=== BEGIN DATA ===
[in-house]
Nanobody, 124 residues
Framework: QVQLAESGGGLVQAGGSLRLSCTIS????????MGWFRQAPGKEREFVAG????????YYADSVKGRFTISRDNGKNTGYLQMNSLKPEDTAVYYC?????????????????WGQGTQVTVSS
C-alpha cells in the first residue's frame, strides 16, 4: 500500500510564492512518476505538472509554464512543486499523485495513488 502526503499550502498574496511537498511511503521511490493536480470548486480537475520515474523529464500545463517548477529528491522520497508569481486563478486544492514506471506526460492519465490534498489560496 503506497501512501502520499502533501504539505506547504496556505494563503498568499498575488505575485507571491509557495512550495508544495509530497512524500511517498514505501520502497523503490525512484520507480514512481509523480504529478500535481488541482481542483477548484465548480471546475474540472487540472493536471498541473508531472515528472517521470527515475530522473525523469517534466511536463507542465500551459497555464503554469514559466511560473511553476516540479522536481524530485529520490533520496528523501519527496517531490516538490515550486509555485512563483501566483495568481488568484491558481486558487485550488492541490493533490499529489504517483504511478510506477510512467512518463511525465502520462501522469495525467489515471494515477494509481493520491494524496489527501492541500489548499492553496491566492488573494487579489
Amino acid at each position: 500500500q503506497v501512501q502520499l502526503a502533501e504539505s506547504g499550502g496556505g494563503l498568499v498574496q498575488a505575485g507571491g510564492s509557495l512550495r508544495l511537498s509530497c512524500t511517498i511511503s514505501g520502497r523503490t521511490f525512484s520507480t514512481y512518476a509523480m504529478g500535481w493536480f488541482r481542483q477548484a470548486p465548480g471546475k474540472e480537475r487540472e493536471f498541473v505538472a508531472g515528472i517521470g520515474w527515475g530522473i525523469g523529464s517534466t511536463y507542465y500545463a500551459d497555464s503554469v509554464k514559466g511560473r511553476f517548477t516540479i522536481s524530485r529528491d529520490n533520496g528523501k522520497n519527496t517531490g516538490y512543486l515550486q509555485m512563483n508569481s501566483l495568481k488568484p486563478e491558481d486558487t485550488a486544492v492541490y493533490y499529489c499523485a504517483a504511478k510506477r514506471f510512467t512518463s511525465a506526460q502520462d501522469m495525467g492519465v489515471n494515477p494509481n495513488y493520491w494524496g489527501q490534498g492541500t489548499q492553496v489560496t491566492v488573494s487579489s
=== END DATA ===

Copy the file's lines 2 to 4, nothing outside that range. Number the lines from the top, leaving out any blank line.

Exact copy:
Nanobody, 124 residues
Framework: QVQLAESGGGLVQAGGSLRLSCTIS????????MGWFRQAPGKEREFVAG????????YYADSVKGRFTISRDNGKNTGYLQMNSLKPEDTAVYYC?????????????????WGQGTQVTVSS
C-alpha cells in the first residue's frame, strides 16, 4: 500500500510564492512518476505538472509554464512543486499523485495513488 502526503499550502498574496511537498511511503521511490493536480470548486480537475520515474523529464500545463517548477529528491522520497508569481486563478486544492514506471506526460492519465490534498489560496 503506497501512501502520499502533501504539505506547504496556505494563503498568499498575488505575485507571491509557495512550495508544495509530497512524500511517498514505501520502497523503490525512484520507480514512481509523480504529478500535481488541482481542483477548484465548480471546475474540472487540472493536471498541473508531472515528472517521470527515475530522473525523469517534466511536463507542465500551459497555464503554469514559466511560473511553476516540479522536481524530485529520490533520496528523501519527496517531490516538490515550486509555485512563483501566483495568481488568484491558481486558487485550488492541490493533490499529489504517483504511478510506477510512467512518463511525465502520462501522469495525467489515471494515477494509481493520491494524496489527501492541500489548499492553496491566492488573494487579489